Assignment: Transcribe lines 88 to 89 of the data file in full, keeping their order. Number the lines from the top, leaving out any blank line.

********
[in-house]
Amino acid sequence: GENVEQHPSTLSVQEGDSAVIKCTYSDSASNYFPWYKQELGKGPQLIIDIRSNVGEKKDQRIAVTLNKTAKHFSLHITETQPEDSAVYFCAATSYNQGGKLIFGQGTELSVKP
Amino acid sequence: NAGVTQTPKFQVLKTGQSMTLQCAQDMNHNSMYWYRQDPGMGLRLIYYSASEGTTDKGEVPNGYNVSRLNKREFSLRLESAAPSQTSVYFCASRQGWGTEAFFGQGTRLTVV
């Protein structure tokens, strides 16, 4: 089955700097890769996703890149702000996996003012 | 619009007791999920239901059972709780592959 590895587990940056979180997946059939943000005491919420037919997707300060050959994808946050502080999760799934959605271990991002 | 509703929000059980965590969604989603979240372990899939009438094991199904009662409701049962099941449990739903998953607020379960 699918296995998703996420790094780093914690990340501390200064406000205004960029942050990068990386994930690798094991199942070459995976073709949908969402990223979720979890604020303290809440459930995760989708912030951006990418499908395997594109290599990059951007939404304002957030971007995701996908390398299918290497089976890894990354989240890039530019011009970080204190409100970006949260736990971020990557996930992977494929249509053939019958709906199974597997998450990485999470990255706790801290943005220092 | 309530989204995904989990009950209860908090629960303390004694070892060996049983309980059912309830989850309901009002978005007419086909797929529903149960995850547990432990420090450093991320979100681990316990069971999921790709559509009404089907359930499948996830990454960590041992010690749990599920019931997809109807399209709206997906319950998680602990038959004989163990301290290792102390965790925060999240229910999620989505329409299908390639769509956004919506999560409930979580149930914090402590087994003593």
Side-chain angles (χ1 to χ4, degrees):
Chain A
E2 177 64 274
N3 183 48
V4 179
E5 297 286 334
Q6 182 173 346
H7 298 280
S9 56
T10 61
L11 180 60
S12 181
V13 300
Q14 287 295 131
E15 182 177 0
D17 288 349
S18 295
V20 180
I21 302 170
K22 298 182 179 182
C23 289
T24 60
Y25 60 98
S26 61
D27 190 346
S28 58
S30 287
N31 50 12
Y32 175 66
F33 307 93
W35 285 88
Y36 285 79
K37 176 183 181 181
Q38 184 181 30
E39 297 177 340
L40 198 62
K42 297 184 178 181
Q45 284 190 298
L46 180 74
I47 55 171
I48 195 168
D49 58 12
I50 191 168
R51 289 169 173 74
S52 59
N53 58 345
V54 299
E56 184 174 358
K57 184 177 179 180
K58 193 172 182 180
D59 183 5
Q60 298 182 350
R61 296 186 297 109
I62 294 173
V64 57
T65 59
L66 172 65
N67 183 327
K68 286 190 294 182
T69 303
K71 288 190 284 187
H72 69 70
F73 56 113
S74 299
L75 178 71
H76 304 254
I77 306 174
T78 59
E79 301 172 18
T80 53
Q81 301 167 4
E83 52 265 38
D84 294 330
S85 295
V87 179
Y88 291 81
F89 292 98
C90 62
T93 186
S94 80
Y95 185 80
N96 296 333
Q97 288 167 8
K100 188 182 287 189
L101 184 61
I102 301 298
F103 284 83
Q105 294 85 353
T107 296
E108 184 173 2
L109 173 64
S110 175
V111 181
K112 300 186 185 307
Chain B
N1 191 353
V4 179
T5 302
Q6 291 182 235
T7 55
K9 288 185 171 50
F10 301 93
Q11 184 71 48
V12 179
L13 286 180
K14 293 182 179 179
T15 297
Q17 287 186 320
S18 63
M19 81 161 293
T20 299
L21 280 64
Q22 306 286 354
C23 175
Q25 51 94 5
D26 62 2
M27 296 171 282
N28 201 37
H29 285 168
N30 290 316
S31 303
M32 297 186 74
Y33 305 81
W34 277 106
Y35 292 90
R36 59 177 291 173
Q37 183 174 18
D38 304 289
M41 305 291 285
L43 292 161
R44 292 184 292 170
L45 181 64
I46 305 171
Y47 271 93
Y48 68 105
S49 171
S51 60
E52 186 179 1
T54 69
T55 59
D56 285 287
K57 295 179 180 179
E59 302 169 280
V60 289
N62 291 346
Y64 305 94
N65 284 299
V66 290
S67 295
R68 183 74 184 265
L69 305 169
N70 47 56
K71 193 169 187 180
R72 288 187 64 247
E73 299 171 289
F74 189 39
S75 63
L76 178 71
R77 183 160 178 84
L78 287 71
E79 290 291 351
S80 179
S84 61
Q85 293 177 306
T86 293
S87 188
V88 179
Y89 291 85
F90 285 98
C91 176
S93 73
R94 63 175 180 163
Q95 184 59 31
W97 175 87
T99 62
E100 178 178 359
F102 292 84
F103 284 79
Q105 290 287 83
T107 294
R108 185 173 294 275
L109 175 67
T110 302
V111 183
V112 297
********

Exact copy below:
K100 188 182 287 189
L101 184 61